Assistant Commissioner Diane Sahakian, the head of contracting activity within the Office of Acquisition, knew that when Customs and Border Protection officers were overwhelmed this past summer with housing children at their facilities, her team could jump in to help.
“It’s very easy for us to sit in our offices and think we know what we know, right? We only know what we usually buy, what they tell us to buy, but if they’re so busy, they can’t even stop to think about it,” Sahakian told HSToday at the Government Technology & Services Coalition’s recent CBP Day in Arlington, Va. “This is a whole space of mission where they’re running so fast, going back and forth to Target every three days to get more things like diapers and snacks.”
“And then we go down and we see, well, you have some room here. Why can’t you load up?” she recalled. “Why can’t we do a mass buy for you with our bigger purchase cards and have it delivered so you don’t have to pick it up? The little things make a difference.”
A challenge for Sahakian was the 35-day government shutdown earlier this year, when the procurement office learned that retention and proper staffing to deal with a lapse in funding was critical.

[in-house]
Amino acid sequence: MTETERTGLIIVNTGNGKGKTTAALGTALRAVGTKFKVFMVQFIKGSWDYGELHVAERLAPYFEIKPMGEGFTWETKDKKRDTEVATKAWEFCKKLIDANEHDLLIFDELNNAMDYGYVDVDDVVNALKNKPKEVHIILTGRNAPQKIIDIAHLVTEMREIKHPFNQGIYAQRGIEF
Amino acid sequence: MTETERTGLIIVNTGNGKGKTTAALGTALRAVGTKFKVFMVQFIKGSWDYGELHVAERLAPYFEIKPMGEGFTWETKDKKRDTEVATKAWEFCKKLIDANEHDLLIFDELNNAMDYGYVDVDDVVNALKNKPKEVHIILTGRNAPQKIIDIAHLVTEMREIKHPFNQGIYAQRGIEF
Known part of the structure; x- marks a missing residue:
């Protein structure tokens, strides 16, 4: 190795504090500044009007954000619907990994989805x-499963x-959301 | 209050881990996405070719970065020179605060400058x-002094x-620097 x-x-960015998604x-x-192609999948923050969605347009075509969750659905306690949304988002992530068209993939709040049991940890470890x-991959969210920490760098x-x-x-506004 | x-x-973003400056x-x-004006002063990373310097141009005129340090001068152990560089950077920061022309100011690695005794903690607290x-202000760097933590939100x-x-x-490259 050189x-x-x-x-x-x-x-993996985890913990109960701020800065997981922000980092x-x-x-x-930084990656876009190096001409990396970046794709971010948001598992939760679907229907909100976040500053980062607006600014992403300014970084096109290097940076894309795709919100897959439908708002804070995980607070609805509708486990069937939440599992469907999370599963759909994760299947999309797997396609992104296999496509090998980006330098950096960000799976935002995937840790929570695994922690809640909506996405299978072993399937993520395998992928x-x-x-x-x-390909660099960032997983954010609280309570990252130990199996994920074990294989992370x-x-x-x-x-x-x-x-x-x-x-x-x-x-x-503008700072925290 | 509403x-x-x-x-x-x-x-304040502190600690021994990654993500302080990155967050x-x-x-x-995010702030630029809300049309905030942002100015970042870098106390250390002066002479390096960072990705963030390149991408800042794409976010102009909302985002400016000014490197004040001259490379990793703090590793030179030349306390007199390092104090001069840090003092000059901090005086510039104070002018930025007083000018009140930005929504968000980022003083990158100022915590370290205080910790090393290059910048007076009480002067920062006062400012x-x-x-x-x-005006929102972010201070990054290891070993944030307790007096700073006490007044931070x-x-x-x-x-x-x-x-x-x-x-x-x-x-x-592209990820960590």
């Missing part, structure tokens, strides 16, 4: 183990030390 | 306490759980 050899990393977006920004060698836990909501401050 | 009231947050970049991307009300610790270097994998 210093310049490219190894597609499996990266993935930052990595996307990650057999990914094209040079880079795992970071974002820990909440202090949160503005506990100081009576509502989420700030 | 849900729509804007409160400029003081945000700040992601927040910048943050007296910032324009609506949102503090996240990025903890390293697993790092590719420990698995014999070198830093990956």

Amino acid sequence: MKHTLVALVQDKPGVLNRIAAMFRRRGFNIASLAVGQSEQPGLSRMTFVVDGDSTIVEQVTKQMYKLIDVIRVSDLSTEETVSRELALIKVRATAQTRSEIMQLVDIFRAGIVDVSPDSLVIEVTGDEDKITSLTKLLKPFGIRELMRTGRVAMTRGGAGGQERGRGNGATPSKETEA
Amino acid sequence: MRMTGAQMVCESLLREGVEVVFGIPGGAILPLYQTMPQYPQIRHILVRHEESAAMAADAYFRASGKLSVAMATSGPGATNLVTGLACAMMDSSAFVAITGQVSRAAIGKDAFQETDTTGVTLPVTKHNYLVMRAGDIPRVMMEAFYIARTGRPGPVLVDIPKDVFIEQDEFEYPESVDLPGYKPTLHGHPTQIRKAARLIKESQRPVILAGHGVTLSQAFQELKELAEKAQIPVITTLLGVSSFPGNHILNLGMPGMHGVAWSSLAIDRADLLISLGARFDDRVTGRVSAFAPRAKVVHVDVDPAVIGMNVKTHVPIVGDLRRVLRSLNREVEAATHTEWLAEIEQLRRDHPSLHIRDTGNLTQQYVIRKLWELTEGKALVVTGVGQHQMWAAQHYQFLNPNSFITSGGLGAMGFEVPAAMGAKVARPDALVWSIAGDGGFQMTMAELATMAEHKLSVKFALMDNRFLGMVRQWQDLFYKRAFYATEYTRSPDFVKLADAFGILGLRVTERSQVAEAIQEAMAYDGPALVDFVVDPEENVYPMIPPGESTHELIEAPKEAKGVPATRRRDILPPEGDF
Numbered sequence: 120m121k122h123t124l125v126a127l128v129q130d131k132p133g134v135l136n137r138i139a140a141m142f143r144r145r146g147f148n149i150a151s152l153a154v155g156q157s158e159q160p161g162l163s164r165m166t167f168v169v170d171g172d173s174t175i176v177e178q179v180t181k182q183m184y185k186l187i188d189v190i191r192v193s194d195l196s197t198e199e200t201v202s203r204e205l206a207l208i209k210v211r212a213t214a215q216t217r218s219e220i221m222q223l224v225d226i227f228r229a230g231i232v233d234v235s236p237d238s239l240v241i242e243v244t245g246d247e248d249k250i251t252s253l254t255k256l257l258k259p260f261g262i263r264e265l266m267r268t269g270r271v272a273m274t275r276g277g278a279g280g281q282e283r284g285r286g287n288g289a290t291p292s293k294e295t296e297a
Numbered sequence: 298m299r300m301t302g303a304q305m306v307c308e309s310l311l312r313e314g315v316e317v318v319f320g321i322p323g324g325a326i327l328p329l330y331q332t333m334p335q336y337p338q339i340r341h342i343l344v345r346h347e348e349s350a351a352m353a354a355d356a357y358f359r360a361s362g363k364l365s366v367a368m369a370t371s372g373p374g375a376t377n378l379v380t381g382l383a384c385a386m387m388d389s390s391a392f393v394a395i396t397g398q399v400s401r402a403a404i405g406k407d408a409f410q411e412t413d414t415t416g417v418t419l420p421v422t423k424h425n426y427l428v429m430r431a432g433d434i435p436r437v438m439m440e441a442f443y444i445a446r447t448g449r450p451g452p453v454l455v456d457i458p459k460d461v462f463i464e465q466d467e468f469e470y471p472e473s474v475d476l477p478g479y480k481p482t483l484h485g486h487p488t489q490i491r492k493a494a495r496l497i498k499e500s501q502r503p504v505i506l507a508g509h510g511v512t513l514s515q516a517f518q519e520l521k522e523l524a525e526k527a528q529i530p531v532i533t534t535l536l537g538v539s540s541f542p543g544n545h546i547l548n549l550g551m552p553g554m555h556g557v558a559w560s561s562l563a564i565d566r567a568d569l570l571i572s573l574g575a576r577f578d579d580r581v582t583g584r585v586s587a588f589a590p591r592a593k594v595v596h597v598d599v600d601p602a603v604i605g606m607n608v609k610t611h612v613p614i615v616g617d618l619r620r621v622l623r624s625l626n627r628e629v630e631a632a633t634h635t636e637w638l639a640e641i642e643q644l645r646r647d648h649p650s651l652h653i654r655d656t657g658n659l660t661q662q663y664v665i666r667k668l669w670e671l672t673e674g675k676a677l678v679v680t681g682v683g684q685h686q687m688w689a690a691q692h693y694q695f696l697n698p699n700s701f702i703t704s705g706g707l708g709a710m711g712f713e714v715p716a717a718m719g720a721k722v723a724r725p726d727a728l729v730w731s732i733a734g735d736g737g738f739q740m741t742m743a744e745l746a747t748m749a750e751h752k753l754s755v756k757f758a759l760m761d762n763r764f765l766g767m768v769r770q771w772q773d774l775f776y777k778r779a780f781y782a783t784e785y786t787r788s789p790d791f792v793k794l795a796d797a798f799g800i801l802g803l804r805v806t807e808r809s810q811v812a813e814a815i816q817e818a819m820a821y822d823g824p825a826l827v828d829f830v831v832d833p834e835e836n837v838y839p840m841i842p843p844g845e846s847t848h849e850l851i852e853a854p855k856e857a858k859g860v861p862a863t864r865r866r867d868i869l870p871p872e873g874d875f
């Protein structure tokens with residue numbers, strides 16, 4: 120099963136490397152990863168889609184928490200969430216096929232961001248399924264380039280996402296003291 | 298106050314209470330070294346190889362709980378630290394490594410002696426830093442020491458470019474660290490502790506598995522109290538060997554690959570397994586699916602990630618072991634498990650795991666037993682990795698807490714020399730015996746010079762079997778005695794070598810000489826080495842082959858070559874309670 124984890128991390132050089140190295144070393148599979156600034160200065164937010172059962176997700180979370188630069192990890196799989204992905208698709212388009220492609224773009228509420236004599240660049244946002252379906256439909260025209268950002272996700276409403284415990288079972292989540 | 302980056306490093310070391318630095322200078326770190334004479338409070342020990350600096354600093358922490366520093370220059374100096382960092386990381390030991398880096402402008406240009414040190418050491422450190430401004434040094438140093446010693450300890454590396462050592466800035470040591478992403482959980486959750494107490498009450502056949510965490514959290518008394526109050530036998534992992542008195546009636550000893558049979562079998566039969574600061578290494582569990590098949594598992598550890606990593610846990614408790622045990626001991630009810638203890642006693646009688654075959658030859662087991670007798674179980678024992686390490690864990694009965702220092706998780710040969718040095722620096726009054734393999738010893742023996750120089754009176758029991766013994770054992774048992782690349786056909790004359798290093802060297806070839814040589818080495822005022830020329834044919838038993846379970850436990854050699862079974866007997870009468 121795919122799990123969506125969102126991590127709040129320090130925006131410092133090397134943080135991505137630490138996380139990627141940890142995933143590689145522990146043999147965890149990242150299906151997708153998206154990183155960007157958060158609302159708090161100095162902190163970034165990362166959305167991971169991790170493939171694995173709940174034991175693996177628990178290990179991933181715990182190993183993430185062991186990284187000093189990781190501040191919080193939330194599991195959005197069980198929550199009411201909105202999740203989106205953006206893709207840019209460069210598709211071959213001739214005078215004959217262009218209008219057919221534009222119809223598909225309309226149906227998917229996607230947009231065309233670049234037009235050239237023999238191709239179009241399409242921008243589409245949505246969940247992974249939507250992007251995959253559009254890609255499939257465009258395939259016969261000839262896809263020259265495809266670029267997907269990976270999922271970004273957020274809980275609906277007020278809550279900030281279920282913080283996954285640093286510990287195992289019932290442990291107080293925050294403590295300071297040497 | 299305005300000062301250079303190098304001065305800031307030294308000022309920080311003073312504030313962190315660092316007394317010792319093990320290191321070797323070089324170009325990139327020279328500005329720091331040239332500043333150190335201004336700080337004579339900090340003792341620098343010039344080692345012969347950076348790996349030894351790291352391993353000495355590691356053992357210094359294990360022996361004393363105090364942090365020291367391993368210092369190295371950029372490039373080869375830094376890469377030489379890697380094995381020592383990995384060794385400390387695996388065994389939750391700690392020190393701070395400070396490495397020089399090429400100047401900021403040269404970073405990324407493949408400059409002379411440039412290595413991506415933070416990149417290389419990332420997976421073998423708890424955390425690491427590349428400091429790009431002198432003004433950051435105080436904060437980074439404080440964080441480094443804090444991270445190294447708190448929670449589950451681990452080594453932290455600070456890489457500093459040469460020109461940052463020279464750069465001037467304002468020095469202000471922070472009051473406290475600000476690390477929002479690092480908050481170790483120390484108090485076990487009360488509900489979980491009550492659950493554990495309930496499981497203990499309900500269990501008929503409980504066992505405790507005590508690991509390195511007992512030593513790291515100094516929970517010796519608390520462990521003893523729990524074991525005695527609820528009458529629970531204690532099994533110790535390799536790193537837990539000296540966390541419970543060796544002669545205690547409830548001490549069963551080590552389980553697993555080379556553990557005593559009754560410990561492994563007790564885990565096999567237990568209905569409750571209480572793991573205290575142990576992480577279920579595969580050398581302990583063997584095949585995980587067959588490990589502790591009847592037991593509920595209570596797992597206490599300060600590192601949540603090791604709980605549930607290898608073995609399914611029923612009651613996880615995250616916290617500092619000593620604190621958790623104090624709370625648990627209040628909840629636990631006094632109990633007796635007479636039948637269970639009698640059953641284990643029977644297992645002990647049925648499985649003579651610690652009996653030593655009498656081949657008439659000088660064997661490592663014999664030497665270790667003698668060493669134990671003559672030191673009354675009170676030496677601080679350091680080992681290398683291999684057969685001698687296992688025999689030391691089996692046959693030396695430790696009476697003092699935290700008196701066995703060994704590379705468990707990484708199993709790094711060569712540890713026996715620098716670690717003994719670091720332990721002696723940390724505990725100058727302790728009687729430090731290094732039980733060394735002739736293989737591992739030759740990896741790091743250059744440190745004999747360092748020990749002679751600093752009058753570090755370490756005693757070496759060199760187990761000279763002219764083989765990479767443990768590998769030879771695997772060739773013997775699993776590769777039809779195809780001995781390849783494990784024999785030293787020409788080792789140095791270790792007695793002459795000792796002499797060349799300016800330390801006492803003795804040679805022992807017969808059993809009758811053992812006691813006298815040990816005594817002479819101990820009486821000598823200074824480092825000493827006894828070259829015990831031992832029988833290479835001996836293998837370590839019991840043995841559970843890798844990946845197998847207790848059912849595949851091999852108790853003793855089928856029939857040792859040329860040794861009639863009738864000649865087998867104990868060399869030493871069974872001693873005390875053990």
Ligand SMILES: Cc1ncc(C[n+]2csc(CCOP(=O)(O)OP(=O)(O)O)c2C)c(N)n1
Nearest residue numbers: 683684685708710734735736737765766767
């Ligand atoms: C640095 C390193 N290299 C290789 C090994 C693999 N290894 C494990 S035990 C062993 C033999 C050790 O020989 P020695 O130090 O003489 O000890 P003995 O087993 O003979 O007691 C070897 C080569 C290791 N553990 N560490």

“We learned that it really impacts the morale of the staff. Some people left government when they came back; some of our best people left… we need to make sure they hang around and do the proper things to shut down,” she said. “There was uncertainty on the status of some contracts, whether or not they had they been notified to stop or to proceed. And we’re going to do better next time… I just think having the right manpower to staff a lapse is very important.”
Asked how the administration’s accelerated pace on border security measures poses challenges for procuring everything that’s needed, Sahakian noted that the office’s best people worked “like dogs” on the wall for four months, with lots of late nights.
“That first wall prototype – I’ve never seen a contracting effort like that,” she said. “We had two rooms full of people, hand in hand. And we don’t have enough manpower to do that for everything, but when something’s hot like that, that’s what we did and that’s why we were successful. It wasn’t run like we normally run things.”
The best thing that industry can do is “be one step ahead of us telling us what we need.”
“I think they need to open communications. If something’s going wrong, I want to know; let’s talk about it,” she said. “Also, I think this GSA thing is huge. It’s a huge change and I think a lot of vendors are going to be caught unaware. They need to see what they’ve got and be proactive with GSA… start changing their schedules before they get asked to change it when everybody else is.”
The first phase of the GSA schedule merger was completed last month and the third phase, when most players will feel the impact, is scheduled to be completed by July 2020.
“This impacts so many thousands of companies,” Sahakian noted. “So I think that for most people that’s the most important thing right now is getting on the right side of that GSA change. That’s what I would recommend.”